I tend to have three books on the go at any one time (not including the Bible): one Christian book, one serious more academic book and one novel. The first two are read early in the day and the last just before I go to sleep at night to help me nod off. I once tried reading the ‘Constitutional Practices and Disciplines of the Methodist Church’ at night, which did help me to go to sleep but gave me nightmares! I like that last book of the day to be light, funny or slightly boring; anything too exciting and I just want to keep on reading which defeats the object.
Recently I came across a book with an intriguing title ‘The Hundred-Year-Old man Who Climbed Out of the Window and Disappeared’. The blurb about the book tells us that it all starts on the 100th birthday of Allan Karlsson. Sitting quietly in his room in an old people’s home, he is waiting for the party, that he didn’t want anyway, to begin. The Mayor is going to be there, the press is going to be there. But, as it turns out, Allan is not… Slowly but surely, Allan climbs out of the window and into the flowerbed (in his slippers) and makes his getaway. And so his unlikely journey begins. The book is really quite funny but it wasn’t very good at sending me to sleep because I was enjoying it too much, it was fun and not at all serious.
I was reminded of this book last month when I thought that there could be a new book called: ‘The Eighty-Nine Year Old Man Who Told His Wife He Was Popping Out For A While And Went To The D-Day Celebrations In Normandy’. Bernard Jordan, otherwise known as ‘The Great Escaper’ sneaked out of his care home in Hove, told his wife he would going out for a while (she knew his plans really but kept them to herself), put on his medals under his raincoat and joined other veterans on a coach on its way to Normandy. Evidently he was worried that if he told anyone about his intentions they would try to stop him and he was determined to go; it was something he needed to do. Fortunately some people on the ferry realized that he was posted as missing and phoned home assuring everyone that he was fine and they would look after him. He returned home to a hero’s welcome and declared that he “would do it again tomorrow.”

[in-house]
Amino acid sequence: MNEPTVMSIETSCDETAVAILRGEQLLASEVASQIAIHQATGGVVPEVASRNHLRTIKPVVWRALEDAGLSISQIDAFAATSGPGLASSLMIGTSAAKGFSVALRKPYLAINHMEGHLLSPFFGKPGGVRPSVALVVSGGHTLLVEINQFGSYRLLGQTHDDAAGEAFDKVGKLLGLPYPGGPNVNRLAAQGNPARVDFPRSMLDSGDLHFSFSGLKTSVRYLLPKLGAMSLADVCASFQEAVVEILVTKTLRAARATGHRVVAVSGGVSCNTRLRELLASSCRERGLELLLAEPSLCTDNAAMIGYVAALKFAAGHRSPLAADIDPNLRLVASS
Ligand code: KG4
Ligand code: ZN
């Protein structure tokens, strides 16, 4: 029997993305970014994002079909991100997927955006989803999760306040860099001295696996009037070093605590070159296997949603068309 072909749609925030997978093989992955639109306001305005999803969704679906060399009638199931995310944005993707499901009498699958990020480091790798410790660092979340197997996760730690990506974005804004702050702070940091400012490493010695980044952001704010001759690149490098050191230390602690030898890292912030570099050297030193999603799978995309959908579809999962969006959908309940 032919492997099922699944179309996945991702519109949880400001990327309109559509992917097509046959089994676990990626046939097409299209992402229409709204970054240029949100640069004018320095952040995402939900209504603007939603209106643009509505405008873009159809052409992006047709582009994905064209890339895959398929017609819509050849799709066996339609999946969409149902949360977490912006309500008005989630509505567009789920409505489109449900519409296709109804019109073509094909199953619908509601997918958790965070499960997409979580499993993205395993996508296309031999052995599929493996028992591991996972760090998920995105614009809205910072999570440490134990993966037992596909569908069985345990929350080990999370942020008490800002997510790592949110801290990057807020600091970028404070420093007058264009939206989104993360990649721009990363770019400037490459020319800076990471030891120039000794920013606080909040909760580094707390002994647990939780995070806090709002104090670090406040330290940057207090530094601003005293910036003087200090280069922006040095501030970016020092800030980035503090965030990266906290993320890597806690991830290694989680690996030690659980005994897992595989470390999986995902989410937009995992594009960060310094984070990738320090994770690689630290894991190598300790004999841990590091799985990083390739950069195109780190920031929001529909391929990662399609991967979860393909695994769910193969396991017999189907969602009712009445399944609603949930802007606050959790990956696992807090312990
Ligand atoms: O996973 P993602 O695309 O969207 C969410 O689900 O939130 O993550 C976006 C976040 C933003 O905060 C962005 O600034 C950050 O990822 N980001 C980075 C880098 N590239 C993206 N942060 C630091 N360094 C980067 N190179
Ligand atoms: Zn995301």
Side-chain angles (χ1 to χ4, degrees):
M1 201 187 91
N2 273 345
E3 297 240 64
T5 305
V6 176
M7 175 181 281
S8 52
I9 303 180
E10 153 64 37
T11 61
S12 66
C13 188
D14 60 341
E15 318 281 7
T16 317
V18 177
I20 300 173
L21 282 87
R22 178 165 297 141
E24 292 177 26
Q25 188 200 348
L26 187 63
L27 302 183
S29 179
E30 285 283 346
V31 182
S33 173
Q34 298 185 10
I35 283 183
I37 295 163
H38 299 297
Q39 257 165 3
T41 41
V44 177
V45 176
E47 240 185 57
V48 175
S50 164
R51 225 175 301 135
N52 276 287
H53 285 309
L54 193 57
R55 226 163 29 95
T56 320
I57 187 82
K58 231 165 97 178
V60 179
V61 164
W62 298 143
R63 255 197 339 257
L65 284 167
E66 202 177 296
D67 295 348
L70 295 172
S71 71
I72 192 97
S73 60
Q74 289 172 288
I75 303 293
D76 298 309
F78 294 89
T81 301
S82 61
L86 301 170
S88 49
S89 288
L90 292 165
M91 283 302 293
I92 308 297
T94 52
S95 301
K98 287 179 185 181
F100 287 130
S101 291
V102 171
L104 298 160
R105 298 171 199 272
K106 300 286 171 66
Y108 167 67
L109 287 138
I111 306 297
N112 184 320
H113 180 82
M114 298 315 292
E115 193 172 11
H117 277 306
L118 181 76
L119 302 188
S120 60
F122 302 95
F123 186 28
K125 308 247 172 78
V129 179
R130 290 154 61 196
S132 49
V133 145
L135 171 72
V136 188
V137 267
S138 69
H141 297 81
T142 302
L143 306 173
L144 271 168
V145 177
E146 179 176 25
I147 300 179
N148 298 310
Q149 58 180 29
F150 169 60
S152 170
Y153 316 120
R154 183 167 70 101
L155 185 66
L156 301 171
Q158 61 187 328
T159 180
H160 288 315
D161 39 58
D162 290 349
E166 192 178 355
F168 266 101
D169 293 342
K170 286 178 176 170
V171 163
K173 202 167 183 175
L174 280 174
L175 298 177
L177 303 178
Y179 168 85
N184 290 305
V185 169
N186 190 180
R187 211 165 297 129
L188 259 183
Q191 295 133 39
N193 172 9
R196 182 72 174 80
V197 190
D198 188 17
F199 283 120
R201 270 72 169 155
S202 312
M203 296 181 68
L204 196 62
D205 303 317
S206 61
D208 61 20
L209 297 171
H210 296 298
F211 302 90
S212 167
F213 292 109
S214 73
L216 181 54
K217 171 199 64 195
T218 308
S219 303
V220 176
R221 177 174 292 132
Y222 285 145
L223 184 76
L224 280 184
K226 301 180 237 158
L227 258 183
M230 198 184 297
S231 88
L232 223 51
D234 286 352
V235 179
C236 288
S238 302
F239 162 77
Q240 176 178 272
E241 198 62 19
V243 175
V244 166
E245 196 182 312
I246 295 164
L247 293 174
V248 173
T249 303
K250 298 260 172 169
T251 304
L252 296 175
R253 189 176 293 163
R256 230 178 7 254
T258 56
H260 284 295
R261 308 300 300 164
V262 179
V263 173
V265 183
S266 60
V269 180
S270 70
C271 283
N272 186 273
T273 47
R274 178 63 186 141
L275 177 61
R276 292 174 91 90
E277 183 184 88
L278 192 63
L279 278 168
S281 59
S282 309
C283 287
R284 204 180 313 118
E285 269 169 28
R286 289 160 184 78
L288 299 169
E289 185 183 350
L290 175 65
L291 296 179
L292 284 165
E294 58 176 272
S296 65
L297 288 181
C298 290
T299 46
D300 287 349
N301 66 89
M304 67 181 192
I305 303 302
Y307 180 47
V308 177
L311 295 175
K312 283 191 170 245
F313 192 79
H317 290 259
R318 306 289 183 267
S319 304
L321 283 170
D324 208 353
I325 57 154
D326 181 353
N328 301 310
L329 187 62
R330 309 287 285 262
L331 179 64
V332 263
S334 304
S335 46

This story inspired the nation. It was as if the spirit of D-Day was alive and well, embodied in this man. It was important to him and he loved every moment. For me it spoke of determination and that sometimes others can’t understand the need we have to do something and that we should never underestimate the more mature among us.
At the end of July we will be celebrating the work of MHA (Methodist Homes for the Aged as it used to be called) and thinking about the work that it does on our behalf caring for the elderly and the frail. I remember with great fondness my two years as Chaplain of Hall Grange, a Methodist Home in Shirley. It was a time when I was able to listen to the stories of people’s long lives and hear of their incredible achievements.
I wonder how many of us look at an older person and forget that they were young once and have a wealth of experience to share with us as well as memories of a world that has change beyond recognition in their lifetimes. I hope none of the residents of Hall Grange ever wanted to climb out of the window and escape… although thinking about it I was often on ‘Dolly duty’, which meant driving round the neighbourhood looking for 90 year old Dolly who sometimes wanted to go back to her parents home and live with them again. She had had a very happy childhood and a very full life but when I gently brought her back she quickly settled again and told me tales of her life and her travels. Spending time listening to people not only values them but enriches our experience of the world.
I hope that you all have a great summer and that perhaps you may have the opportunity to do something a little unexpected.